Nicole Knowlton

 

​About: 

Nicole is an Associate Marriage and Family Therapist and a mother of two teenagers. Nicole’s educational background includes:

  • an undergraduate degree in Business,

  • a double Master’s degree in Psychology and Alternate Dispute Resolution, and a

  • Juris Doctorate degree.

 

In addition to her couples therapy and coaching, Nicole has a mediation private practice in Irvine, California. She also facilitates Batterer’s Intervention Groups, teaches parenting and anger management groups, and helps clients and families combat addiction.

 

Neurodiverse Couples

Nicole was in a long-term relationship where neurodiversity was present. Nicole understands and believes that it is vital to identify solid communication strategies between partners, using specific techniques for handling relationship troubles, whether perpetual or solvable. 

 

These techniques encourage the understanding that emotions are important, there is no absolute reality, only two subjective ones, acceptance is crucial, and a development of fondness and admiration within the relationship. Nicole encourages couples to celebrate the small steps towards a larger goal and helps keep focus on what the couple can do to set themselves up to thrive. 

 

Parenting Neurodiverse Children

Nicole has personal experience as a mother of a neurodivergent teen, and appreciates that  

parenting neurodivergent children can be exponentially intense.  Nicole has navigated the educational battles to obtain IEP and 504 plans, and understands the unique family environment needed to help families to support each other.

 

She teaches parents positive parenting skills that encourage the use of “Why?” to address the child’s behavior, focusing on an understanding of the purpose that behavior serves the child and what they are trying to tell you. Allowing the behavior to inform what needs to be put into place ahead of time to help the child manage the particular challenge, and also ensuring that consequences are related to the behavior/issue as a last resort to addressing behavior. 

 

Nicole encourages parents to catch their child’s positive behaviors whenever possible and to name specifically what they see so as to encourage the positive behavior to reoccur.

Other areas of focus (in addition to Neurodiversity):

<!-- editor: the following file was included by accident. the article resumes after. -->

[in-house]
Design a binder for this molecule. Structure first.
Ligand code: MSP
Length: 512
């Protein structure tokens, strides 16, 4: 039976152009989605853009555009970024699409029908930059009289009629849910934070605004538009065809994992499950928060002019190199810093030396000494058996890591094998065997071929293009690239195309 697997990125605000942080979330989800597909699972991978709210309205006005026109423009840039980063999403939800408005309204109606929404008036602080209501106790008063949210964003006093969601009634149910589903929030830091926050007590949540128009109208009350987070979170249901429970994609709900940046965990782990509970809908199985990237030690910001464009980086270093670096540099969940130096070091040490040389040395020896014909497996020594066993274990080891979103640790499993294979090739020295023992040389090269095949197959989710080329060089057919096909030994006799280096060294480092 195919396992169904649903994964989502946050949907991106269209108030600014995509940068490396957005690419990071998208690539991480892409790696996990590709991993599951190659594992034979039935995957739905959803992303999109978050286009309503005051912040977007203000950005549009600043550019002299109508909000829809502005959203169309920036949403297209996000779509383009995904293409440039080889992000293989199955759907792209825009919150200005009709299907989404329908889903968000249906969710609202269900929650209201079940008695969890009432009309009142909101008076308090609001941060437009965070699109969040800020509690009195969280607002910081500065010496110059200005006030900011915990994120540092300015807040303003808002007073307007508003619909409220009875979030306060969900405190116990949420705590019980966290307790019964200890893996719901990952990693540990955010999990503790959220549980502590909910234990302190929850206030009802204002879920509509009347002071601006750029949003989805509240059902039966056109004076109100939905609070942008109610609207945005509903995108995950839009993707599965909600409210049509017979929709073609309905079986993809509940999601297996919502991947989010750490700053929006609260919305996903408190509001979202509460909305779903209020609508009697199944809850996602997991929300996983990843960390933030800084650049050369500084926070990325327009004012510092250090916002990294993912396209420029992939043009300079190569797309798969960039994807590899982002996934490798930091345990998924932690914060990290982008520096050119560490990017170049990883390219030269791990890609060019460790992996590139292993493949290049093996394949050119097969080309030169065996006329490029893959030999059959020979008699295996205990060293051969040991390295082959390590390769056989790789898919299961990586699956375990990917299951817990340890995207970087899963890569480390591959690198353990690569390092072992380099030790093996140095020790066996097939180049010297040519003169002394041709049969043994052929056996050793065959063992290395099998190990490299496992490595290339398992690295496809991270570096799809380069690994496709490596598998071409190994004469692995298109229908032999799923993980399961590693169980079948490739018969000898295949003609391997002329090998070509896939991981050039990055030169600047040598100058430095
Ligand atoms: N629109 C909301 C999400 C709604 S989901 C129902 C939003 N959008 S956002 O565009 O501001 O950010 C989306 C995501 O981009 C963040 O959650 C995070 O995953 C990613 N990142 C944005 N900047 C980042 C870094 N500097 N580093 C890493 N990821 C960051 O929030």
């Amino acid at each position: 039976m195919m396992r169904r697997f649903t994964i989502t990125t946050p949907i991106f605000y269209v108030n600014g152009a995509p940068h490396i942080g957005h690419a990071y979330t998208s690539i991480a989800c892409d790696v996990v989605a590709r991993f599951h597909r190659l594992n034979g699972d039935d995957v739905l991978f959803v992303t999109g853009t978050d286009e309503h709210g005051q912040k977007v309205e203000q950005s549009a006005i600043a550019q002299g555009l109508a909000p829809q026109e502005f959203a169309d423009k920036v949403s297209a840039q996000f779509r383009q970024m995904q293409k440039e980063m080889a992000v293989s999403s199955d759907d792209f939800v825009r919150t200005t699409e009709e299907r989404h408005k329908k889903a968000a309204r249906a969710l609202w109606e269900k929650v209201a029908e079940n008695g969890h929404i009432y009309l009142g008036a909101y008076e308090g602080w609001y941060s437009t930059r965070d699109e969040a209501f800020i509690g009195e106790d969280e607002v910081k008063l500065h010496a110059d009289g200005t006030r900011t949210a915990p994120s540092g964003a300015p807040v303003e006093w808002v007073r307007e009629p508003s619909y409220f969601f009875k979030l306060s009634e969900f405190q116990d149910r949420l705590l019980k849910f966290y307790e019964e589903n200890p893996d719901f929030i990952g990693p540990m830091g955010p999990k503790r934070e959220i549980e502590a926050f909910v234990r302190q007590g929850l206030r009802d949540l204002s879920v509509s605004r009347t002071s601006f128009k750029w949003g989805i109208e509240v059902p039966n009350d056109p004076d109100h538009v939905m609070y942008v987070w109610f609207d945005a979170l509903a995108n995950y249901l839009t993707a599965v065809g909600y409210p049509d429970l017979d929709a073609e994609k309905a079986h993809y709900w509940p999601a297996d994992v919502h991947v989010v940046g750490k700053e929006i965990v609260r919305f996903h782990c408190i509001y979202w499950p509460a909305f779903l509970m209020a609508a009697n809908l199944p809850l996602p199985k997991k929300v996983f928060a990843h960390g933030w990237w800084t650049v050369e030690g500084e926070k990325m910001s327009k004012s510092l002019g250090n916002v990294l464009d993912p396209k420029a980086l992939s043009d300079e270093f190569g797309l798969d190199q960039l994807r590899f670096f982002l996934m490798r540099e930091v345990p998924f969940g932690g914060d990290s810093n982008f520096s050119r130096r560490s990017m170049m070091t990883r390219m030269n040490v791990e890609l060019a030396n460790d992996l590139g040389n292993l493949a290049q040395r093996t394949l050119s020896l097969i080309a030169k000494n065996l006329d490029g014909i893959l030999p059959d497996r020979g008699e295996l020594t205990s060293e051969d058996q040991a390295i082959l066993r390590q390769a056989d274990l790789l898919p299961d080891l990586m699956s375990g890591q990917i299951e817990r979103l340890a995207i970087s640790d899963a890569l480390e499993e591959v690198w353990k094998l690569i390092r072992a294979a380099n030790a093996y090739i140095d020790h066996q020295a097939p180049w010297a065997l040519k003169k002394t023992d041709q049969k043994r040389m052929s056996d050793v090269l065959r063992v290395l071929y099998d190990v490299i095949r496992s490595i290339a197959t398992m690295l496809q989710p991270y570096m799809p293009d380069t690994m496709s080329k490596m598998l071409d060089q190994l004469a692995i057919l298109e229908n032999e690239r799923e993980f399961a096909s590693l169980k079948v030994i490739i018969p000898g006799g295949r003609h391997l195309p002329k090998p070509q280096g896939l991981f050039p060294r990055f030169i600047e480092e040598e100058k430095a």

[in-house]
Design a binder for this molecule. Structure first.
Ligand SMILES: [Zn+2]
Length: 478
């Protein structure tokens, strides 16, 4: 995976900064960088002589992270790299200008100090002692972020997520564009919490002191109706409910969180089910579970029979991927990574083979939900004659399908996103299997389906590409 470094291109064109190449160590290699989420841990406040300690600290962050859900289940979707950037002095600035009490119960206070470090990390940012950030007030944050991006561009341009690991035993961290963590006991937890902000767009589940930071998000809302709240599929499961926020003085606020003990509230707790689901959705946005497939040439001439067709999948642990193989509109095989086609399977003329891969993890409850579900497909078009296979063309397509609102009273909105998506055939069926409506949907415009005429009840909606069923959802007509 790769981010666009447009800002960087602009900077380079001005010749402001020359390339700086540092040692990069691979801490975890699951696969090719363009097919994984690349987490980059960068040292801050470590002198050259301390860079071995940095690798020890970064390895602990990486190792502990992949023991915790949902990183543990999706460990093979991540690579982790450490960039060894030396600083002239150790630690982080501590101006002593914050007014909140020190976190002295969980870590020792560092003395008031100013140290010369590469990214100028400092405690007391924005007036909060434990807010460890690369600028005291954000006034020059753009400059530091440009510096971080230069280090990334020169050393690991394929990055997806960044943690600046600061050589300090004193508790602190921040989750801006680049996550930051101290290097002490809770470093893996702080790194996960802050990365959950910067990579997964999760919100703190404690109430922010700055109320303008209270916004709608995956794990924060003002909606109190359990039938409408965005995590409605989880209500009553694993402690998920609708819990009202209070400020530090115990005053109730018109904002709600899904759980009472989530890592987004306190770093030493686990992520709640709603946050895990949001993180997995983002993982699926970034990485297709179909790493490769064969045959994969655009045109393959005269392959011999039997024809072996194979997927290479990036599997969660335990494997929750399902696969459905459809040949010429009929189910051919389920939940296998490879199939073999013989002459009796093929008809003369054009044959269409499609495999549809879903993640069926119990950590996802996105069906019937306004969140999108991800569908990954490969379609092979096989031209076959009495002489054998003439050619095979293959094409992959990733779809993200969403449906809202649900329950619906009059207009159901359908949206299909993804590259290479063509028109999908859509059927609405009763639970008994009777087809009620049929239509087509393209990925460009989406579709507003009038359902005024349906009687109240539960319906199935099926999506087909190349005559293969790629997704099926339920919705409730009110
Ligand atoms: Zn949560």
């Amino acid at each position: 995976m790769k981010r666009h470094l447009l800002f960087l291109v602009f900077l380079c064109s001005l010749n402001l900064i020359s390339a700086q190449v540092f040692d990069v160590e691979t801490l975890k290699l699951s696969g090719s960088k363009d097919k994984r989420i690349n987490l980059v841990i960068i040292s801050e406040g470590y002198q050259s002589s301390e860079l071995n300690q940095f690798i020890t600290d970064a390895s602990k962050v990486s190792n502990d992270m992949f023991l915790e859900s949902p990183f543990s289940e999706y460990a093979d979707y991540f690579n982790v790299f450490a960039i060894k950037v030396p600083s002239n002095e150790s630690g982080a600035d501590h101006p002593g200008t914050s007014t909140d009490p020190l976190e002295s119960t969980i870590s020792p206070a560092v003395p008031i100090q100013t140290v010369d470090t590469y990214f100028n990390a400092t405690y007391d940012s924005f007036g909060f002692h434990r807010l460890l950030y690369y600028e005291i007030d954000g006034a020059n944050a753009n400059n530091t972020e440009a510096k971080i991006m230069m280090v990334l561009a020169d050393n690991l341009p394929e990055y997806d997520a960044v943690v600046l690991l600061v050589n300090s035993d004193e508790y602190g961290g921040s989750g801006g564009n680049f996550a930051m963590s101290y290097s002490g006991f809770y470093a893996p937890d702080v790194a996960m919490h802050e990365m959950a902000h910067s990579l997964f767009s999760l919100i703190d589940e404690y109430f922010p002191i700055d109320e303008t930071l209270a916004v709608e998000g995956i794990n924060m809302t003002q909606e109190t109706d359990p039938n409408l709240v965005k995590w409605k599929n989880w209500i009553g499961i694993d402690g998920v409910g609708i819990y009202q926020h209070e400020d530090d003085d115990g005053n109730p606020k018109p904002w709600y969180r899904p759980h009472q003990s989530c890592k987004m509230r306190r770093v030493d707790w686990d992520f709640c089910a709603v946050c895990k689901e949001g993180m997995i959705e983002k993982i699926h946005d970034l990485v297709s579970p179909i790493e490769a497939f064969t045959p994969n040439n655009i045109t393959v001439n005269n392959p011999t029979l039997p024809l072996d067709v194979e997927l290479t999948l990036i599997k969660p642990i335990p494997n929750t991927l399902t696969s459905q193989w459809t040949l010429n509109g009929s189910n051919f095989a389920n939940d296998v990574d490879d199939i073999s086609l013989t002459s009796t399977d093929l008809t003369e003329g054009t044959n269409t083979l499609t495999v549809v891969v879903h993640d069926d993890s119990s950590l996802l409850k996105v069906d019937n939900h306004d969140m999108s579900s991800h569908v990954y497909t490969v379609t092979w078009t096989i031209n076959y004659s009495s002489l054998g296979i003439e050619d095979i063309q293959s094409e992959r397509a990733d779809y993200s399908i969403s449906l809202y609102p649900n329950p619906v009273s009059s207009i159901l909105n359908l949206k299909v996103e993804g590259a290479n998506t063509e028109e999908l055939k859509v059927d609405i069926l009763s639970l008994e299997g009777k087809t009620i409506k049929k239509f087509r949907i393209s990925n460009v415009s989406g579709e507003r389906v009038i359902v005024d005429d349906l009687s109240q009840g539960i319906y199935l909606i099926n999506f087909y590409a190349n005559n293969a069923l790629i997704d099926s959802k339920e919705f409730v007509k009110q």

• Addiction

  • Anger Management

  • Major Life Transition Support, co-parenting, blended families, separation/divorce

  • Parent Coaching

  • Sex Therapy​

 

Clients: 

Couples and families

 

Modalities:

  • Coaching

  • Dialectical Behavioral Therapy (DBT)

  • Gottman Method

  • Internal Family Systems (IFS)

  • Solution Focused Brief (SFBT)

  • Strength-Based

  • Structural Family Therapy

License:

Registered Associate, AMFT# 122657

Supervised by Dr. Harry Motro, LMFT #53452

Employed by New Path Couples Therapy Inc.

Contact:

nicolemknowlton@gmail.com

Phone: (949) 293-7405

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PERSONAL NOTE from Nicole Knowlton, Neurodiverse Specialist, Associate Marriage and Family Therapist, Neurodiverse Coach

 

CHILDHOOD: Ever since childhood I knew I was different. I didn’t enjoy the same things as my female peers yet I yearned to be included. I had an older sister and looked to her to guide me. I mimicked her and my female peers.

 

Yet, left to my own decision-making I would gladly go days without bathing, brushing my hair or changing out of my favorite comfy clothes. My very first word was ‘book’ and my ideal relaxation place has always been in a library reading and learning information about psychology, behavior and the law. 

MASKING: To blend in with others, like many other Aspie women, I have masked. I became a fashionista and memorized Emily Post books. I obtained a Master's degree in Marriage and Family Therapy & Conflict Resolution. I even attended law school.

I learned about how neurotypical people navigated life, relationships, and conflict. I’ve learned how to blend in and go undetected, much to my detriment. Since youth I’ve had bouts of suicidal ideation because I felt so disconnected and received many different mental health diagnoses that didn’t fit or help.

DISCOVERY:  Not until my 40's did I learn I had Asperger’s. Female symptomology looks much different than it does in males. We tend to have a specific image of what being on the spectrum looks like and so many of us do not fit that image; yet, we do have ASD.

 

Learning about my diagnosis has been life changing and I finally comfortably fit into my own skin. “Coming out” has answered so many questions and allowed me to live authentically. I’ve had friends reach out who have struggled similarly or saw signs in their daughters and we all deserve to feel comfortable and live authentically, embracing our differences. 

INVITATION: Please allow me to help you. I promise I will be compassionate and understanding. You deserve to experience the same healing that I have had. I look forward to hearing from you.